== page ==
The joys and pains of making an ‘albums of the year’ list
As another year approaches its end, I find myself both thrilled and saddened at the thought of making my personal “Albums of the Year” list. It’s a time of contemplation and discourse, with myself and my peers. It’s a time to hash out our guilty pleasures and undying loves that blossomed throughout the past 365 days. Music has an intrinsic connection to time, history and memory, and regardless of how great a track or album might be, every individual who gives them a listen will naturally tie the emotional experience to their explicit memory at the time.
Every year, I create a new note on my phone where I jot down every album I at least enjoyed listening to, and I can always tell which ones most greatly affected me by the power of the memory tied to it. Lorde’s masterful Melodrama, an obvious entry, calls to mind the night I literally ran back to my apartment at midnight to rendezvous with my friends and listen to it for the first time; my jaw hit the floor during the sonic transition in “Hard Feelings/Loveless,” and “Supercut” brought tears to my eyes due to its pop perfection. Brand New’s Science Fiction knocked me on my ass as the longtime fan in me devoured every nook and cranny of the album, only to have my heart shattered by sexual misconduct allegations against the band’s frontman. As the new year approaches, this rollercoaster of emotions has become an occurrence as natural as the changing of the seasons.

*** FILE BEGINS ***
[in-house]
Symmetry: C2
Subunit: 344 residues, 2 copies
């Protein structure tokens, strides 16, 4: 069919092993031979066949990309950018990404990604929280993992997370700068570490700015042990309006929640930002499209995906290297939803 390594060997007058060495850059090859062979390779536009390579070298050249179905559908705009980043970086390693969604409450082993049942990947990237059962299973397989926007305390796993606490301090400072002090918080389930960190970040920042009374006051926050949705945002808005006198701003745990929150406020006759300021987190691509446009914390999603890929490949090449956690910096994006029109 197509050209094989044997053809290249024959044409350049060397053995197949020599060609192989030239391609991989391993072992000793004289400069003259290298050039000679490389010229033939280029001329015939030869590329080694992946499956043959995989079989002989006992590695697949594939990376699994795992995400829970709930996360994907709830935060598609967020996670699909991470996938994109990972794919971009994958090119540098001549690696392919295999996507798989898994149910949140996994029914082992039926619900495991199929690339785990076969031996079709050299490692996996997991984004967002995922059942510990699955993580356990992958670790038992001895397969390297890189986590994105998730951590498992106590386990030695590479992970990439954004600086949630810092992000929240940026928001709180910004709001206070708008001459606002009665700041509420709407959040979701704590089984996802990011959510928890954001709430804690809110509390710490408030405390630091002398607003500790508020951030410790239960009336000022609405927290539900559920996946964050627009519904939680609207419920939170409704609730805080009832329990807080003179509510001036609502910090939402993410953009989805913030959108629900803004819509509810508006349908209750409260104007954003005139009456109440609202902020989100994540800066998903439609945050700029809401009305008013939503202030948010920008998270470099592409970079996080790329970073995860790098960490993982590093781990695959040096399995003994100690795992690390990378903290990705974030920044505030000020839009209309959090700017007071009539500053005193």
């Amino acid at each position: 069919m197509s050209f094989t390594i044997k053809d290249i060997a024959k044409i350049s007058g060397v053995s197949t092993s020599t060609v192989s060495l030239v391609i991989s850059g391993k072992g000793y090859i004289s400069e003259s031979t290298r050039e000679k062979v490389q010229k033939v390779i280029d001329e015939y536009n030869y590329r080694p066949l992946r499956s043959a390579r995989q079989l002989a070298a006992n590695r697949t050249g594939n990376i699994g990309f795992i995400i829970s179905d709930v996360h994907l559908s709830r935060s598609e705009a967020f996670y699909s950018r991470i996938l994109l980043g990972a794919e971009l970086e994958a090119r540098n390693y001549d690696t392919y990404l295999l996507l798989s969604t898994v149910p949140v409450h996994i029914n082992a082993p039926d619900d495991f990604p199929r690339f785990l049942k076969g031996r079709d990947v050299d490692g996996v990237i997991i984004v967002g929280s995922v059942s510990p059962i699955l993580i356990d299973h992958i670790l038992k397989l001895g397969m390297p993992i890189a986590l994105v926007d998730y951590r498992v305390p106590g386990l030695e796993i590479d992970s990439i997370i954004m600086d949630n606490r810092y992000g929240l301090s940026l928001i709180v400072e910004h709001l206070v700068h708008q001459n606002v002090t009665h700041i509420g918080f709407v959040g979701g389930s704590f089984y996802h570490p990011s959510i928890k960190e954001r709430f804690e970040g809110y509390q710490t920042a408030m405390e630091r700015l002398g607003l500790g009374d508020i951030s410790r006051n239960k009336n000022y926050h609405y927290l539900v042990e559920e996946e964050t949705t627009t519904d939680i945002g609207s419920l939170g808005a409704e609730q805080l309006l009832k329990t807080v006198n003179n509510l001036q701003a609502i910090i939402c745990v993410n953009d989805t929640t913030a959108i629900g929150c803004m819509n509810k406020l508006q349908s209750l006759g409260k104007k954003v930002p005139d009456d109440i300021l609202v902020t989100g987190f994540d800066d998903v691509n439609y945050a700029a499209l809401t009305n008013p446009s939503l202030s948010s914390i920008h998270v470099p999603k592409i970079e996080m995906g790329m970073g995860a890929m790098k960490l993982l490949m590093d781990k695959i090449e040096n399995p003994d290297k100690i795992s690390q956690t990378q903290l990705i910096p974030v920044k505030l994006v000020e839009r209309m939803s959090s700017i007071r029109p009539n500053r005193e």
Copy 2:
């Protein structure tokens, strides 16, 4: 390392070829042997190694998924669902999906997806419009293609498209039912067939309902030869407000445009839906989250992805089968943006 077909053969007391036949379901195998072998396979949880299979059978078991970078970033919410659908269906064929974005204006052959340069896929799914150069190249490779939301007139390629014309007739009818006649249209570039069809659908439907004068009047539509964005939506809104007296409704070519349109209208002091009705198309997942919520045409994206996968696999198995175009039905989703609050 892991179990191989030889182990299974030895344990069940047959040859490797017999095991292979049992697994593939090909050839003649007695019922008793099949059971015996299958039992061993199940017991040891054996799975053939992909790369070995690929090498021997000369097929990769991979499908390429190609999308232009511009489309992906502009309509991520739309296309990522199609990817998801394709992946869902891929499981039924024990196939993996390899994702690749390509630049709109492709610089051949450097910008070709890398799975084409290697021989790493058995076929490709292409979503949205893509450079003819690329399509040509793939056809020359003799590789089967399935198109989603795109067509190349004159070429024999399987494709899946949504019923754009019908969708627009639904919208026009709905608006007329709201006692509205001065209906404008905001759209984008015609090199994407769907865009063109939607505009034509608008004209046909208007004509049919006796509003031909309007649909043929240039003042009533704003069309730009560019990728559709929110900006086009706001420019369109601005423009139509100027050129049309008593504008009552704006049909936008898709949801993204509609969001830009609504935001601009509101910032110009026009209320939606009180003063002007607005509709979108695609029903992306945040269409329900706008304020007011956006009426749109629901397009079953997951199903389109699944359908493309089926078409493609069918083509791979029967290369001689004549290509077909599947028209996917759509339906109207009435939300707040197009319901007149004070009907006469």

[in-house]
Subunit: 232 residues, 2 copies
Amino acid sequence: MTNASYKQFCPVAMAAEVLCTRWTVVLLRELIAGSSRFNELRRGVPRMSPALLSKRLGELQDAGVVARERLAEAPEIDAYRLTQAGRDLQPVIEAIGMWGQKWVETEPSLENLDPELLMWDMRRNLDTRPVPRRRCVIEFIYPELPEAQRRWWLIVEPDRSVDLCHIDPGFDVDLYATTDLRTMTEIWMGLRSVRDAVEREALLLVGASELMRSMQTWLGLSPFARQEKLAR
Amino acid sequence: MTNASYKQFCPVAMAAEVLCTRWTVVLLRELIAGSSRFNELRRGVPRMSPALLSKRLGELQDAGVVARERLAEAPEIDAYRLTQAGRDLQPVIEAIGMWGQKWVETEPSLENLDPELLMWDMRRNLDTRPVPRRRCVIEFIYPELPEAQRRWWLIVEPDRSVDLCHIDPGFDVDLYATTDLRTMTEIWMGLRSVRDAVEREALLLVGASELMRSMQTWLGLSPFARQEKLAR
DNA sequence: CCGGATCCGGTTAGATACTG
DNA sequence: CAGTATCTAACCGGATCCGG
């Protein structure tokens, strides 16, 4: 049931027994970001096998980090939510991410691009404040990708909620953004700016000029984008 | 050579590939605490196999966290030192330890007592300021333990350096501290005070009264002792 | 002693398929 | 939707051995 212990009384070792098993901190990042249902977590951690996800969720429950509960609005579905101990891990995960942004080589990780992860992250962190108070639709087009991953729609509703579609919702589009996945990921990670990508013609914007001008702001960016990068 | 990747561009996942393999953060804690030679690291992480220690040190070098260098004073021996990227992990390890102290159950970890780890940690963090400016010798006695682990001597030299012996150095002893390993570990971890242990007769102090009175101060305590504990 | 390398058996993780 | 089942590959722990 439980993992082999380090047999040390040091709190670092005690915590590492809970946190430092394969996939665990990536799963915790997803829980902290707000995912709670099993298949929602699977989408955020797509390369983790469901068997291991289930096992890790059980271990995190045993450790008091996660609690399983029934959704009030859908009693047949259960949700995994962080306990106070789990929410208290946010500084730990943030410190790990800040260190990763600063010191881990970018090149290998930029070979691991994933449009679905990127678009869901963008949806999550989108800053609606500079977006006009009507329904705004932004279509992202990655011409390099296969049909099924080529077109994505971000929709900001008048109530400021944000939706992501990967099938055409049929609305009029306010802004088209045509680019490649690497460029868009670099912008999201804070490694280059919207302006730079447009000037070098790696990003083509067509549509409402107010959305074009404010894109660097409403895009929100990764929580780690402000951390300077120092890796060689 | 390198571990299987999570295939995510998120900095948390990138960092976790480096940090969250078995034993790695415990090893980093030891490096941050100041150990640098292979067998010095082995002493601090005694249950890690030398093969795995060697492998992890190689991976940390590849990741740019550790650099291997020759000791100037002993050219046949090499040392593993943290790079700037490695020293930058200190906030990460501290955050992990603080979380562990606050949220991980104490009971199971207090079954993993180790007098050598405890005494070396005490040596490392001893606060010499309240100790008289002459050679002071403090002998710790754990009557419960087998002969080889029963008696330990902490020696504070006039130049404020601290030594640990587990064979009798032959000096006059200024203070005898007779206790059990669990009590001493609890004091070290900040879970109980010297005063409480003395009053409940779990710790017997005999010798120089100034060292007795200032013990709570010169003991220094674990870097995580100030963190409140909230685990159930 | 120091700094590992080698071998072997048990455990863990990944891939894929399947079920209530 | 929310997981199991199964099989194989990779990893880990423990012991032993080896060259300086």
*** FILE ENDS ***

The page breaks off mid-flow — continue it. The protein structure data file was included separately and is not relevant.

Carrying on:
The worst part of it all is finding out which releases were heinously overlooked by major music publications (Rolling Stone, Consequence of Sound, Pitchfork, etc.) whose lists can range from frustratingly comical to almost perfect. Beautiful albums that were destined for major attention include Paramore’s After Laughter and St. Vincent’s Masseduction — they’re artists who have deservingly made a name for themselves to wide audiences — but my heart can’t help but break for The Menzingers’s After The Party, a damn near perfect reflection on adulthood and aging. I ached alongside the humanism of Mt. Eerie’s A Crow Looked at Me and Phoebe Bridgers’s Stranger in the Alps, albums whose lyrical content is as intimate as their compositions are astoundingly unique. The Maine’s Lovely Little Lonely and Oso Oso’s The Yunahon Mixtape were two of the best rock albums I’ve heard in recent memory, only to be overlooked in lieu of bigger names.
Despite their lack of critical attention, these are albums I’ll cherish for years to come, affecting me in different ways throughout the course of this year. As I write this, I fondly reflect on the music that made 2017 special for me: screaming along with my friends to “Black Butterflies and Déjà Vu” at The Maine’s headlining show in Pontiac; watching Oso Oso play to 50 kids in a basement; moshing to “Tellin’ Lies” during The Menzingers’s set at Riot Fest. Without regard to their media attention, this music will indelibly mark the way I experienced the past year.
Every year has its highs and lows regardless of the music released, and 2017 has undeniably been a tumultuous year politically and socially. But it’s also a blessing to be saturated with such incredible music over such a short period of time. Music that keeps us grounded and nostalgic, comforted and thoughtful — music that ranges from powerfully political to emotionally groundbreaking. So every December I’ll continue my ritual of reflection and growth, staying thankful for all the new releases, both good and bad, that carried me through another year.